The SNT will act as a supplement to public benefit programs, so it’s important to take stock and iron out how the trust will be used long-term. When developing the trust, consider these points:

  • Will the trustee be an independent fiduciary or corporate trustee?
  • Will the trustee have the power to appoint a care manager for aspects of the treatment plan for the “person” as well as act as trustee over the “assets”?
  • Will there be a successor trustee(s)?
  • How will the SNT be used?
  • How much money will be included in the trust?
  • Should a “trust protector” be appointed?
  • Who are the beneficiaries?
  • What are the individual needs of the special needs person and will a life care plan be developed?
  • Has guardianship been considered and is that clearly described in the trust document?
  • If a guardian is required, what is the scope of their authority over the beneficiary?

A special needs trust can be used in a multitude of ways such as for medical care, living expenses, transportation, food and beverage, entertainment, education, end of life expenses, and more. 
While technically allowed, food and beverage costs paid out of a SNT could negatively impact a beneficiary’s government benefits. Other accounts can be established to address this, which stresses the importance of working with a fiduciary special needs planning advisor such as a Chartered Special Needs Consult (ChSNC) or a Certified Financial Planner (CFP).

4. Lean on a Specialized Financial Advisor

The goal of a trust is for the funds to flourish. Working alongside a financial advisor with experience in special needs trusts ensures your child’s financial needs are prioritized, while also following SNT-related best practices. 

Trustees, acting in a fiduciary capacity, are required to defray expenses and govern trust assets to minimize large losses through appropriate risk management, governance, and diversification. A fiduciary financial advisor will work to ensure the trustee’s legal obligation to invest the SNT assets are fulfilled and provide expertise into investment management and overall financial planning. 

Trustees may also name a financial advisor as a subadvisor. As subadvisor, the financial advisor is delegated asset management and special needs planning, as needed.  Financial advisors can also act as a fiduciary or under a standard of care mandate. As such, they can protect trustees and share the responsibility for the success or failure of a plan that is set in place for a special needs person.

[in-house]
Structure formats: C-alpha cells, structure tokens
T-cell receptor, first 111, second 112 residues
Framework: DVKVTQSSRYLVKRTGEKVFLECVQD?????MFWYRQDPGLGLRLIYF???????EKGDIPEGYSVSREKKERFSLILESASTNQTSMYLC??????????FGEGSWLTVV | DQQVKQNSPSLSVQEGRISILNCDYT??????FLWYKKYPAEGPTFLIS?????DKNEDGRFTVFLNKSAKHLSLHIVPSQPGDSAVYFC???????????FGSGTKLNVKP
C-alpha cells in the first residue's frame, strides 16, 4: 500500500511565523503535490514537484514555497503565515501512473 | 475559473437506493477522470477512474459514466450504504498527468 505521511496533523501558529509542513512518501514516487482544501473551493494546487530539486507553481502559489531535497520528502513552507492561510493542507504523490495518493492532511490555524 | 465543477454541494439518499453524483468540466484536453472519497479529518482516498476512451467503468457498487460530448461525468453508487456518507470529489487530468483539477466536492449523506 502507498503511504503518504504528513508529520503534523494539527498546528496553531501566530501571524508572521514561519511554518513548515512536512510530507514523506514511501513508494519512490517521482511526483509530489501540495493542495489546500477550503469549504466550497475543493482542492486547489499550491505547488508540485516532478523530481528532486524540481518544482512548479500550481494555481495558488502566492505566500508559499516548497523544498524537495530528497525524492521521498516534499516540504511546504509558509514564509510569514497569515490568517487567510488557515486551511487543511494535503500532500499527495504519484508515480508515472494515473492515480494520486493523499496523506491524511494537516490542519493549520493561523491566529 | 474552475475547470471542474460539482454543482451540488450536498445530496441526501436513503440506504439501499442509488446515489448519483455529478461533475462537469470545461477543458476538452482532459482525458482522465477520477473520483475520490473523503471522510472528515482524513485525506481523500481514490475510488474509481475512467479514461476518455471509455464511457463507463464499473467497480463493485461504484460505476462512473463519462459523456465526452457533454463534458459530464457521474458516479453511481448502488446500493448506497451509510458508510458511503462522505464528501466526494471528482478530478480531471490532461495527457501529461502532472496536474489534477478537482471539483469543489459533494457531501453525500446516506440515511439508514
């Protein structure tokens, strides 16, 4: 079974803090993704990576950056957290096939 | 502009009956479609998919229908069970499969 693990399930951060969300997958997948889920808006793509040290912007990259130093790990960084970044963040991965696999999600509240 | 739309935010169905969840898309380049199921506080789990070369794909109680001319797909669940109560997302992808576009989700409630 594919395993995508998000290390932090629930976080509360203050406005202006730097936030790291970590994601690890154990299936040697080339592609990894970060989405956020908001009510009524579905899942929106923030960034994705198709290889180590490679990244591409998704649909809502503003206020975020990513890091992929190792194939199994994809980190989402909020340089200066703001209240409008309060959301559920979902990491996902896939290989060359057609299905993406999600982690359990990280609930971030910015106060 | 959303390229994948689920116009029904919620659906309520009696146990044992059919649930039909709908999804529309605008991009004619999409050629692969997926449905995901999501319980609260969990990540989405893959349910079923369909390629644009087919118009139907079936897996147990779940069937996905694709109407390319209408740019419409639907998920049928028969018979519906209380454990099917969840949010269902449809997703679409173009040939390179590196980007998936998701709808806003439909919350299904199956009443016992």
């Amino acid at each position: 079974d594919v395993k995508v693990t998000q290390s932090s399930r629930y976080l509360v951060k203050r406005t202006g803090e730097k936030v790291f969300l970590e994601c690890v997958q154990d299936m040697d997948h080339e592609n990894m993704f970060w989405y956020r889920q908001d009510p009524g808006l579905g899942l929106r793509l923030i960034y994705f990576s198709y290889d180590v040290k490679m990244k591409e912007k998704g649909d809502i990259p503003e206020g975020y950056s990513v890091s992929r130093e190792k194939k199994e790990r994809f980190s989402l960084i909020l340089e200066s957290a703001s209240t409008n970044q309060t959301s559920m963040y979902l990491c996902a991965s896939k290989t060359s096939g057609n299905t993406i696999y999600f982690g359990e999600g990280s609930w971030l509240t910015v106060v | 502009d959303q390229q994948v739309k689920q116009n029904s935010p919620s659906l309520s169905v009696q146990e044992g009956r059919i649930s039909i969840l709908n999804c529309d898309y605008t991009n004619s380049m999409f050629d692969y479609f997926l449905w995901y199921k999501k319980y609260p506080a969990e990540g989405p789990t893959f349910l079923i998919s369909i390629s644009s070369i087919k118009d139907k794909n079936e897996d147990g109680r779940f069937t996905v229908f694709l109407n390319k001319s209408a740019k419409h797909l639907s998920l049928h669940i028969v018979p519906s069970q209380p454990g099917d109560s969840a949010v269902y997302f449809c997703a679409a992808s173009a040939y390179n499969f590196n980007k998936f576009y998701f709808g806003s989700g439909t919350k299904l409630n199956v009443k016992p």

5. Draft the Necessary Documents

Your attorney will share all of the necessary documents needed to establish the SNT. One important document to make note is the Letter of Intent (LoI), which describes how you want your child to be cared for after you go. While this is not a required legal document, the LoI establishes guidance for things like religion, personal preferences, living arrangements, behavior, etc, for the child’s caregivers. 

It is important to review and evaluate the trust and supporting documents at least once a year with the team of advisors. You will also want to carefully review traditional estate plans periodically alongside your special needs planning attorney.  Remember to inform all advisors of their appointments and duties in the event they step in to act. Regular reviews like this can identify shifts in planning requirements and highlight unexpected areas that demand attention. 

Related: How to Prepare Your Child’s Special Needs Trust Before You Go 

While some pieces of establishing a special needs trust may be tedious, the reward of knowing a thorough plan is in place is extraordinary. Peace of mind is the end result for families.

Whether you’ve just begun your journey of establishing a special needs trust or you have more in-depth questions on SNT coverage, we’ve created a helpful resource for you. Check out our guide, How to Prepare Your Child’s Special Needs Trust Before You Go, for an in-depth look into special needs trust planning.

Nguyen Vu

Nguyen Vu is Vice President of Business Development for Prudent Investors. Vu has extensive experience with a fascinating background in highly creative roles with Oakley, Restoration Hardware, and Stacy Dukes Design. Vu has worked across major areas around the globe including Miami, Verona, and Belarus. He also spent five years in Beijing in international business development with a privately owned Chinese corporation and was instrumental in negotiating large trade agreements for mass deliveries of locomotives and railway cars.